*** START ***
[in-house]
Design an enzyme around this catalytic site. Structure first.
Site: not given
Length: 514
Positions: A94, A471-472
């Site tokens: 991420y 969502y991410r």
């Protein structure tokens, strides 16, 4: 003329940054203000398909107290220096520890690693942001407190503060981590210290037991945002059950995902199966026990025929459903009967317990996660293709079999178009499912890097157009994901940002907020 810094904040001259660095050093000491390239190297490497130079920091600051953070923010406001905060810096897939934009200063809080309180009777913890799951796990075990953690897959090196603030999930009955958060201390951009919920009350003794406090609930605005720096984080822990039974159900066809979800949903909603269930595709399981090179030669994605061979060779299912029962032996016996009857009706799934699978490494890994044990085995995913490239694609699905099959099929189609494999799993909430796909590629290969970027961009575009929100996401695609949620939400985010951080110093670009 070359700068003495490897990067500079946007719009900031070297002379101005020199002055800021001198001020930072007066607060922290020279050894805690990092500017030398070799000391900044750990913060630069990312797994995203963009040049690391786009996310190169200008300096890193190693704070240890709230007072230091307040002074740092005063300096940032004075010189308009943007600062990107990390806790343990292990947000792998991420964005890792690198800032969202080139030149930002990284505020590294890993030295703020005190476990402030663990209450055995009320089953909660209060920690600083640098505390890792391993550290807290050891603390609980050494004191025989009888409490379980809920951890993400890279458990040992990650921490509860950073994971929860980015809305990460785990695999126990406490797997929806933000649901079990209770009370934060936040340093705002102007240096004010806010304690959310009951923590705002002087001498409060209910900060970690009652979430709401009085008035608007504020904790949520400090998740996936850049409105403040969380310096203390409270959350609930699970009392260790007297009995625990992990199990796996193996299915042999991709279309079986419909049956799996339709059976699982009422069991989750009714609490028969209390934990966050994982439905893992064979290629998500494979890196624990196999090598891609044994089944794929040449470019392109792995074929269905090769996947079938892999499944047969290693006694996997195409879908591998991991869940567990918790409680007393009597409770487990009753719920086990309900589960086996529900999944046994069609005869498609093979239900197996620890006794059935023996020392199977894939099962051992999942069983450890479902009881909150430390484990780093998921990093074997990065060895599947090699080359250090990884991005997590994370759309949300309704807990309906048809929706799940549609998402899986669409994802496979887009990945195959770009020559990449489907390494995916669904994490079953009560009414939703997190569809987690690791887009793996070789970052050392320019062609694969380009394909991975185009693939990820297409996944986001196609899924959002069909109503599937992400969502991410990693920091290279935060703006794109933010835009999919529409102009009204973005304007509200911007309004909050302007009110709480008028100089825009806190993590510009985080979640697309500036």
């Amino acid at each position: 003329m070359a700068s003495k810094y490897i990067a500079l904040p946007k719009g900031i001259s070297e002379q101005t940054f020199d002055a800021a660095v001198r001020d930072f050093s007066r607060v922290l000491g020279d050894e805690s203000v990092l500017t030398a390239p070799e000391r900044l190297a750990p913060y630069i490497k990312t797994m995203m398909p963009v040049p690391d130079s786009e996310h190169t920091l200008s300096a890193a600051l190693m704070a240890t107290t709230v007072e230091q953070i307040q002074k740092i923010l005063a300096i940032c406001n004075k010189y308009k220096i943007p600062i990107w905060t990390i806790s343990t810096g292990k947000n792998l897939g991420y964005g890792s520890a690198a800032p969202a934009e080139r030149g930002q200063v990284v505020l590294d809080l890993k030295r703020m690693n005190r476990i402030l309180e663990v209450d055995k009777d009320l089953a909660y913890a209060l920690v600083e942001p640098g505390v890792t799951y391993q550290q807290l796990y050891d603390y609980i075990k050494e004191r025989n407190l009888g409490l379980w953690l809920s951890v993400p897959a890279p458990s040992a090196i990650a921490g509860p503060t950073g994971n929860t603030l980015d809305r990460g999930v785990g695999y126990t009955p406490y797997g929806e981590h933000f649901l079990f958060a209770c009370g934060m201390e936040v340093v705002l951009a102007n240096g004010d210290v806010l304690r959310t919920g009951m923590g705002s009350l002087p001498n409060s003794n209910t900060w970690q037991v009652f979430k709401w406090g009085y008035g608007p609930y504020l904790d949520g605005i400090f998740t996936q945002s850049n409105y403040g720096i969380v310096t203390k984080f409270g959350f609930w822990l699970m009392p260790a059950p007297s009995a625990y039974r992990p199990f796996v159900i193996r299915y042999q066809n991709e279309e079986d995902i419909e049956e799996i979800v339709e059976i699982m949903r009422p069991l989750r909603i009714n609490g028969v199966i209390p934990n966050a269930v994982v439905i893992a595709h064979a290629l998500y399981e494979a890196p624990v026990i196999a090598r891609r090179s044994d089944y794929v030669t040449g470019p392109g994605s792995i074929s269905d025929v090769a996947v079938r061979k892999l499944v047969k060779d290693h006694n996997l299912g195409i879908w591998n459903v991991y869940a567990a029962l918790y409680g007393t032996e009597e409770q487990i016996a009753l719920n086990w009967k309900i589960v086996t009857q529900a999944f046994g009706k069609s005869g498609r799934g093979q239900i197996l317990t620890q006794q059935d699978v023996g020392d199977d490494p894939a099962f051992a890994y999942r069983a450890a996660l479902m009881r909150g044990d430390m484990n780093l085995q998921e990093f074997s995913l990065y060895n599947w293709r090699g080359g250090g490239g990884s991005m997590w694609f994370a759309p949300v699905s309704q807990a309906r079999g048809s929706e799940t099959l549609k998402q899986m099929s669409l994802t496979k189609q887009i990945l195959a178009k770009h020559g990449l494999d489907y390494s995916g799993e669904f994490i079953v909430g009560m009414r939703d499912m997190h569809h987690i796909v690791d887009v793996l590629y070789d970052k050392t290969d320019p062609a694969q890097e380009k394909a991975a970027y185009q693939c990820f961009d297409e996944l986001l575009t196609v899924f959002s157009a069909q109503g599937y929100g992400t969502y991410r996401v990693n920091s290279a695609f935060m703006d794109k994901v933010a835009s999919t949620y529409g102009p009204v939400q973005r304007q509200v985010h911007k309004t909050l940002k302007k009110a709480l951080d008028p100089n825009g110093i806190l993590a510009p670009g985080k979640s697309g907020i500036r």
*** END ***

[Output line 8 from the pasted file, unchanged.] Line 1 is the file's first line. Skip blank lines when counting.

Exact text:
């Amino acid at each position: 003329m070359a700068s003495k810094y490897i990067a500079l904040p946007k719009g900031i001259s070297e002379q101005t940054f020199d002055a800021a660095v001198r001020d930072f050093s007066r607060v922290l000491g020279d050894e805690s203000v990092l500017t030398a390239p070799e000391r900044l190297a750990p913060y630069i490497k990312t797994m995203m398909p963009v040049p690391d130079s786009e996310h190169t920091l200008s300096a890193a600051l190693m704070a240890t107290t709230v007072e230091q953070i307040q002074k740092i923010l005063a300096i940032c406001n004075k010189y308009k220096i943007p600062i990107w905060t990390i806790s343990t810096g292990k947000n792998l897939g991420y964005g890792s520890a690198a800032p969202a934009e080139r030149g930002q200063v990284v505020l590294d809080l890993k030295r703020m690693n005190r476990i402030l309180e663990v209450d055995k009777d009320l089953a909660y913890a209060l920690v600083e942001p640098g505390v890792t799951y391993q550290q807290l796990y050891d603390y609980i075990k050494e004191r025989n407190l009888g409490l379980w953690l809920s951890v993400p897959a890279p458990s040992a090196i990650a921490g509860p503060t950073g994971n929860t603030l980015d809305r990460g999930v785990g695999y126990t009955p406490y797997g929806e981590h933000f649901l079990f958060a209770c009370g934060m201390e936040v340093v705002l951009a102007n240096g004010d210290v806010l304690r959310t919920g009951m923590g705002s009350l002087p001498n409060s003794n209910t900060w970690q037991v009652f979430k709401w406090g009085y008035g608007p609930y504020l904790d949520g605005i400090f998740t996936q945002s850049n409105y403040g720096i969380v310096t203390k984080f409270g959350f609930w822990l699970m009392p260790a059950p007297s009995a625990y039974r992990p199990f796996v159900i193996r299915y042999q066809n991709e279309e079986d995902i419909e049956e799996i979800v339709e059976i699982m949903r009422p069991l989750r909603i009714n609490g028969v199966i209390p934990n966050a269930v994982v439905i893992a595709h064979a290629l998500y399981e494979a890196p624990v026990i196999a090598r891609r090179s044994d089944y794929v030669t040449g470019p392109g994605s792995i074929s269905d025929v090769a996947v079938r061979k892999l499944v047969k060779d290693h006694n996997l299912g195409i879908w591998n459903v991991y869940a567990a029962l918790y409680g007393t032996e009597e409770q487990i016996a009753l719920n086990w009967k309900i589960v086996t009857q529900a999944f046994g009706k069609s005869g498609r799934g093979q239900i197996l317990t620890q006794q059935d699978v023996g020392d199977d490494p894939a099962f051992a890994y999942r069983a450890a996660l479902m009881r909150g044990d430390m484990n780093l085995q998921e990093f074997s995913l990065y060895n599947w293709r090699g080359g250090g490239g990884s991005m997590w694609f994370a759309p949300v699905s309704q807990a309906r079999g048809s929706e799940t099959l549609k998402q899986m099929s669409l994802t496979k189609q887009i990945l195959a178009k770009h020559g990449l494999d489907y390494s995916g799993e669904f994490i079953v909430g009560m009414r939703d499912m997190h569809h987690i796909v690791d887009v793996l590629y070789d970052k050392t290969d320019p062609a694969q890097e380009k394909a991975a970027y185009q693939c990820f961009d297409e996944l986001l575009t196609v899924f959002s157009a069909q109503g599937y929100g992400t969502y991410r996401v990693n920091s290279a695609f935060m703006d794109k994901v933010a835009s999919t949620y529409g102009p009204v939400q973005r304007q509200v985010h911007k309004t909050l940002k302007k009110a709480l951080d008028p100089n825009g110093i806190l993590a510009p670009g985080k979640s697309g907020i500036r």